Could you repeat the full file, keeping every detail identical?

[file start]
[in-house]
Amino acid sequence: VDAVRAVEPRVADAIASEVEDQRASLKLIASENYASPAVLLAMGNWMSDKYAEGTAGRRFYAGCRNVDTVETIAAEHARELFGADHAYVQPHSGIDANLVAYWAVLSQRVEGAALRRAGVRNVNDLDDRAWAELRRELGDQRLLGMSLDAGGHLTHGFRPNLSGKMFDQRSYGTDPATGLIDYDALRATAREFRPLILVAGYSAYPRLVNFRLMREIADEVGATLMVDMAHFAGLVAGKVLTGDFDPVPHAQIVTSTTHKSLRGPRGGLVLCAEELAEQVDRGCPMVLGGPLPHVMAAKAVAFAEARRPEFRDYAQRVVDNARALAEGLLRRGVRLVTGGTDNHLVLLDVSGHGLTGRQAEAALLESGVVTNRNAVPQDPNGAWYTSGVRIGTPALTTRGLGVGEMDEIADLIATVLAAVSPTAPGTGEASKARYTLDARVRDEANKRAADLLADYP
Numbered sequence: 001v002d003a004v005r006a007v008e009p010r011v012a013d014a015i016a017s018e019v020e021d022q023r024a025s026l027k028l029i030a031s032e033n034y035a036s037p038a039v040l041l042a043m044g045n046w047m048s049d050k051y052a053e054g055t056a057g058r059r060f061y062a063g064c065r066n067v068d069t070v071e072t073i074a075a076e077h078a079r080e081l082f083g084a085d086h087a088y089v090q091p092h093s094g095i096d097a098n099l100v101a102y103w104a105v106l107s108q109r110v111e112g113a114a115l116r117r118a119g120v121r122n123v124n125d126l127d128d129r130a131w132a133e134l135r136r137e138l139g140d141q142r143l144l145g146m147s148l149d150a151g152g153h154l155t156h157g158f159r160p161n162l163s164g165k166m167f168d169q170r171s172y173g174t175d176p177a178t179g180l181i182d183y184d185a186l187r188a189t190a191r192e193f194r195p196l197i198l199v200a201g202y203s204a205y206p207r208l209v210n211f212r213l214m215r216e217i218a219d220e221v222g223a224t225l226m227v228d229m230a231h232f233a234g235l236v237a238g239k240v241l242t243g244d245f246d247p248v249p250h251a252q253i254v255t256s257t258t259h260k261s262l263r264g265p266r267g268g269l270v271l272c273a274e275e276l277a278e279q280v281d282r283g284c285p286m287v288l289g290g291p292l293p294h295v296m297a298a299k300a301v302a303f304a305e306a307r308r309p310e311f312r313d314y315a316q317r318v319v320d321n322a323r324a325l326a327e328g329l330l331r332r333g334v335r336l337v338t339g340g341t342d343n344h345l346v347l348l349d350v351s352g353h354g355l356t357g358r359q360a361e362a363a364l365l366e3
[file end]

[in-house]
Amino acid sequence: VDAVRAVEPRVADAIASEVEDQRASLKLIASENYASPAVLLAMGNWMSDKYAEGTAGRRFYAGCRNVDTVETIAAEHARELFGADHAYVQPHSGIDANLVAYWAVLSQRVEGAALRRAGVRNVNDLDDRAWAELRRELGDQRLLGMSLDAGGHLTHGFRPNLSGKMFDQRSYGTDPATGLIDYDALRATAREFRPLILVAGYSAYPRLVNFRLMREIADEVGATLMVDMAHFAGLVAGKVLTGDFDPVPHAQIVTSTTHKSLRGPRGGLVLCAEELAEQVDRGCPMVLGGPLPHVMAAKAVAFAEARRPEFRDYAQRVVDNARALAEGLLRRGVRLVTGGTDNHLVLLDVSGHGLTGRQAEAALLESGVVTNRNAVPQDPNGAWYTSGVRIGTPALTTRGLGVGEMDEIADLIATVLAAVSPTAPGTGEASKARYTLDARVRDEANKRAADLLADYP
Numbered sequence: 001v002d003a004v005r006a007v008e009p010r011v012a013d014a015i016a017s018e019v020e021d022q023r024a025s026l027k028l029i030a031s032e033n034y035a036s037p038a039v040l041l042a043m044g045n046w047m048s049d050k051y052a053e054g055t056a057g058r059r060f061y062a063g064c065r066n067v068d069t070v071e072t073i074a075a076e077h078a079r080e081l082f083g084a085d086h087a088y089v090q091p092h093s094g095i096d097a098n099l100v101a102y103w104a105v106l107s108q109r110v111e112g113a114a115l116r117r118a119g120v121r122n123v124n125d126l127d128d129r130a131w132a133e134l135r136r137e138l139g140d141q142r143l144l145g146m147s148l149d150a151g152g153h154l155t156h157g158f159r160p161n162l163s164g165k166m167f168d169q170r171s172y173g174t175d176p177a178t179g180l181i182d183y184d185a186l187r188a189t190a191r192e193f194r195p196l197i198l199v200a201g202y203s204a205y206p207r208l209v210n211f212r213l214m215r216e217i218a219d220e221v222g223a224t225l226m227v228d229m230a231h232f233a234g235l236v237a238g239k240v241l242t243g244d245f246d247p248v249p250h251a252q253i254v255t256s257t258t259h260k261s262l263r264g265p266r267g268g269l270v271l272c273a274e275e276l277a278e279q280v281d282r283g284c285p286m287v288l289g290g291p292l293p294h295v296m297a298a299k300a301v302a303f304a305e306a307r308r309p310e311f312r313d314y315a316q317r318v319v320d321n322a323r324a325l326a327e328g329l330l331r332r333g334v335r336l337v338t339g340g341t342d343n344h345l346v347l348l349d350v351s352g353h354g355l356t357g358r359q360a361e362a363a364l365l366e3